Carboni, J. a., Roach, A. T., & Fredrick, L. D. (2013). Impact of Mindfulness Training on the Behavior of Elementary Students With Attention-Deficit/Hyperactive Disorder. Research in Human Development, 10(3), 234–251. doi:10.1080/15427609.2013.818487
Metz, S. M., Frank, J. L., Reibel, D., Cantrell, T., Sanders, R., & Broderick, P. C. (2013). The Effectiveness of the Learning to BREATHE Program on Adolescent Emotion Regulation. Research in Human Development, 10(3), 252–272. doi:10.1080/15427609.2013.818488
Sibinga, E. M. S., Perry-Parrish, C., Chung, S., Johnson, S. B., Smith, M., & Ellen, J. M. (2013). School-based mindfulness instruction for urban male youth: a small randomized controlled trial. Preventive Medicine, 57(6), 799–801. doi:10.1016/j.ypmed.2013.08.027
Zenner, C. (2014). Mindfulness-based interventions in schools-A systematic review and meta-analysis. Name: Frontiers in …. doi:10.3389/fpsyg.2014.00603



5 thoughts on “Getting serious about mindfulness.

  1. bt0558

    Great post. I have seen some mindfulness stuff about and it has to me always looked interesting and on the face of it quite sensible and logical.

    “Mindfulness” has however been dismissed by some of the weboshpere’s most emminent bloggers, and they assure us that they know what they are talking about.

    However, I am personally aware of the potential power of CBT of CBT, and I am curious to see how MCBT operates and can be used.

    Thanks for what will turn out to be my reading for the weekend.

  2. teachingbattleground

    Even if something has advantages, it doesn’t make it appropriate. Schools have a specific purpose – to educate – and are not meant to be a catch-all for providing everything that some policy-maker thinks might be of benefit to young people. It’s not enough for meditation to be good for people in some way, a case needs to be made for why schools, or why any state institutions, should be charged with spreading those benefits.

    1. Marc Smith Post author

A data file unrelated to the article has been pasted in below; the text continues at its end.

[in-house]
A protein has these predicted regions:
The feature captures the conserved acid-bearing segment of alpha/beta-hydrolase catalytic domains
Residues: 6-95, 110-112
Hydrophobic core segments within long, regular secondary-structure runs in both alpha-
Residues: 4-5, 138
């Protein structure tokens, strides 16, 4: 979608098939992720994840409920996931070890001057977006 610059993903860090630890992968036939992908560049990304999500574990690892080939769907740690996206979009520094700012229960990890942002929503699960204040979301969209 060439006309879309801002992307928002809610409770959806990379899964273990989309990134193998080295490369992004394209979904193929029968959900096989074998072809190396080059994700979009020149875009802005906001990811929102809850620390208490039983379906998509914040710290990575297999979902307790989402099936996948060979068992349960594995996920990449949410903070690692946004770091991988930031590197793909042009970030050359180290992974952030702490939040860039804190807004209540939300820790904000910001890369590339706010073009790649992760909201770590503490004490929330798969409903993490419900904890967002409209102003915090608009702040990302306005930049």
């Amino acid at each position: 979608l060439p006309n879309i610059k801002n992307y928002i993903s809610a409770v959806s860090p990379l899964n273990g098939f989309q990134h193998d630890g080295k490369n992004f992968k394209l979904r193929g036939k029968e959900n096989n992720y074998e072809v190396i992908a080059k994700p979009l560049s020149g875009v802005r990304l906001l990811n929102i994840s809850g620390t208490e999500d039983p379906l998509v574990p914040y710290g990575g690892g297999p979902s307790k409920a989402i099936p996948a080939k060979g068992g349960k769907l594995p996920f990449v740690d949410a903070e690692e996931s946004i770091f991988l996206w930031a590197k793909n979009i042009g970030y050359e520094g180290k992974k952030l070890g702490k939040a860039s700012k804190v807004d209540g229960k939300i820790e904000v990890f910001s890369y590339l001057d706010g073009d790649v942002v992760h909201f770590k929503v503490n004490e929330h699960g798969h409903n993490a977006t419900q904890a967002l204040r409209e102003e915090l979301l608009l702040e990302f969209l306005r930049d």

Thanks Andrew. This has always been a bit of a dilemma for me. I’m the first one to admit that our job is to educate, yet on the other hand I feel it’s also necessary to ensure an environment that allows young people to achieve and thrive. I have seen so many kids almost paralysed with anxiety and pretty much discarded by the medical profession who simply dish out antidepressants and beta-blockers without a great deal of thought. We are not doctors or psychologists or social workers and we’re certainly not their parents. Nevertheless, if we can help in even a small way then why shouldn’t we? – nobody is better placed to do so and if ten minutes of quiet reflection once day is all that is needed then I would be willing to give it a go.

    2. Chris Parsons

      I know that this is an old post, but for what it’s worth… I think a good case can be made for trying to implement some kind of mindfulness routines in schools for the development of executive function capabilities (aside from the well-being benefits). There has been some promising evidence related to pre-frontal cortex development following really quite short term meditation programs, which has led to subsequent performance changes in areas of intellectual functioning (essentially concentration skills). I think this certainly has relevance for schools, although implementation is, of course, the key. A person has to properly enter into the exercises, not just close their eyes and be quiet…

  3. ijstock

    A classic problem of its kind. I started using a mindfulness program to overcome the psychological side-effects of a long-lasting infection about fifteen months ago. I was highly sceptical but was quickly convinced of its effects when trying it. I have continued to use it as a stress-reliever and have found it helpful. I have even tried desisting for periods and found an apparent correlation with the return of stress symptoms.

    But this does not mean we shoud teach it to children. For a start, I suspect it has to be elective in order to work. Secondly, I agree with Andrew that we are not a panacea for every ill. But maybe there is somevalue in raising awareness of it without imposing it. I recommended the online provider I used to a couple of stressed sixth formers recently. One tried it – but lacked the perseverance needed to see results. Is this about as much as we can/should do?